Oh, and I seem to have fixed the dishwasher problem by using a vinegar soak and wash to clean it before I tried anything else. Thanks God!!

Monday, February 18, 2013

Stuffed Cinnamon Rolls by Flour Me With Love

Flour Me With Love: Stuffed Cinnamon Rolls

I wish I could tell you I made this and how outstanding they are, but I haven't and I can't. I can only say that they look fabulously outstanding!! 

I'm not into sweets all that much. Haven't been since around 5th grade or so. But, there are times when something like this just screams at me so loudly that it's almost impossible to ignore. I am fortunate that I cannot currently afford to go buy the ingredients for this because, as a diabetic, it's probably not the wisest food choice for me to make. But, I do love cinnamon and I do love cream cheese and I do love doughy treats and this is all that and more!!!

I would recommend heading on over to this web site and checking out this really quite easy recipe (the filling is the only thing you actually need to make yourself) and get to work trying this for yourself!!

Meanwhile, I need to figure out what I'm going to make for supper and get some dishes washed. I hope you enjoy eating this as much as I am enjoying dreaming about it! LOL

Friday, February 15, 2013

Chicken and Dumpling Casserole

This is the recipe I used. Mine didn't brown as nicely.
Well, I did it. I tried a recipe I'd seen a while back but just hadn't gotten around to trying yet. I grew up on my mother's chicken potpie, which is very similar to chicken and dumplings down south except that the chicken is kept separate from the rolled and cut dumplings in the broth. Mom's was downright the best there was and she never made just a little. Her recipe called for SEVEN cups of flour. Yeah - really. And, there were only three of us.

Needless to say, for me it was a daunting task to even consider making her recipe because she'd never made  small batches and I wasn't that good at making the dough. So, she would periodically make drop dumplings in her later years, which she liked almost as much, but I wasn't so thrilled with.

Then I discovered I could make potpie (our kind) using flour tortillas. After all, aren't tortillas just flour dough already rolled and flat? All I had to do was cut them into strips and drop them into the broth to cook. Mom loved it and told everyone they should try it themselves.

So, Mom's gone now and I do once in a while make up a batch of tortilla potpie for myself. My daughter's not quite so fond of the tortilla kind, so I only make enough for me. But, I saw this recipe a while back and kept it in the back of my mind as a potential option for the future. It is called Chicken and Dumpling Casserole.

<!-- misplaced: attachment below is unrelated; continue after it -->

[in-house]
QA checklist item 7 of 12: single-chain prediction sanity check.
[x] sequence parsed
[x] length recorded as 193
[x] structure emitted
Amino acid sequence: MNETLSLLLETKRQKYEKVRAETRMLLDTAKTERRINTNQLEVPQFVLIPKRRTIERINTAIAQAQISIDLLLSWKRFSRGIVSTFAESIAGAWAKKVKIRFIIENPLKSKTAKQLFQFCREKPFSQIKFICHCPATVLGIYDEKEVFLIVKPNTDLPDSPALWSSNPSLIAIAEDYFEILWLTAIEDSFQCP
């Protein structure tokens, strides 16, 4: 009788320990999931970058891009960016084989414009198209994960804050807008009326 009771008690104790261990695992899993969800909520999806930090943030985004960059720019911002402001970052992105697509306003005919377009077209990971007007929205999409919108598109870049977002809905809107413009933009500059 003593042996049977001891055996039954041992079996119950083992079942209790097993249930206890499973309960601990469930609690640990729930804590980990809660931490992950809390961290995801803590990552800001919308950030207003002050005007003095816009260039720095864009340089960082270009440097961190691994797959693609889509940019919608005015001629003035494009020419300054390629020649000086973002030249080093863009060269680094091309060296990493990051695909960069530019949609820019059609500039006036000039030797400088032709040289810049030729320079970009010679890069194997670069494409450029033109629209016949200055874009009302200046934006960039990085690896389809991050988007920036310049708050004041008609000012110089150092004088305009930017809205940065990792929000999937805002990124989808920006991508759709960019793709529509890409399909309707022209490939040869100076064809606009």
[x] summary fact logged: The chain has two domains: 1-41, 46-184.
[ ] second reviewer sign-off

The original recipe I saw required Bisquick, something I never have on hand. But, just yesterday I found a recipe that called for self-rising flour instead of Bisquick. I knew I had to try it because I had self-rising flour on hand that was never being used except as a gravy thickener. The only thing I didn't have was cream of chicken soup. I did have cream of celery, though. I decided the time had come.

Tonight, I made Chicken and Dumpling Casserole and I am so glad I did. I wish Mom were here because I just know she'd like it, too. As with the pork chops yesterday, I was a little heavy handed with the spice. I used just a bit too much poultry seasoning, but I can cut back the next time. And, I might put a little more liquid in next time, too. But, those two things aside, I was very happy with the results. 

One of the reasons I don't like drop dumplings is because of the dry dumpling in the center. I like the rolled dumplings because they absorb the broth all the way through. Well, this recipe pretty much takes care of that problem. It works much like the Bisquick Impossible Pies where the batter cooks in the broth and puffs up creating a "dough"; in this case, the "dumplings". Because it is poured in as a thick batter, it doesn't really have a substantial thickness to it that allows it to stay dry as it cooks, so it creates a very moist dumpling-like biscuit topping to the base of chicken and chicken broth. 

The recipe calls for ready-made stock, but since I was cooking chicken just for this recipe, I used the stock that I created with that. And, I used that cream of celery soup knowing that there was plenty of chicken flavor in the broth and in the granulated chicken stock it also listed in the ingredients. I really don't think there was much of a difference between the two soups at all that I could claim to recognize. The only thing is that you really don't need to put any salt on the chicken because there's plenty of salt in the stock, in the butter (I don't have unsalted butter) and in the soup. You can always add some if you want when you eat it.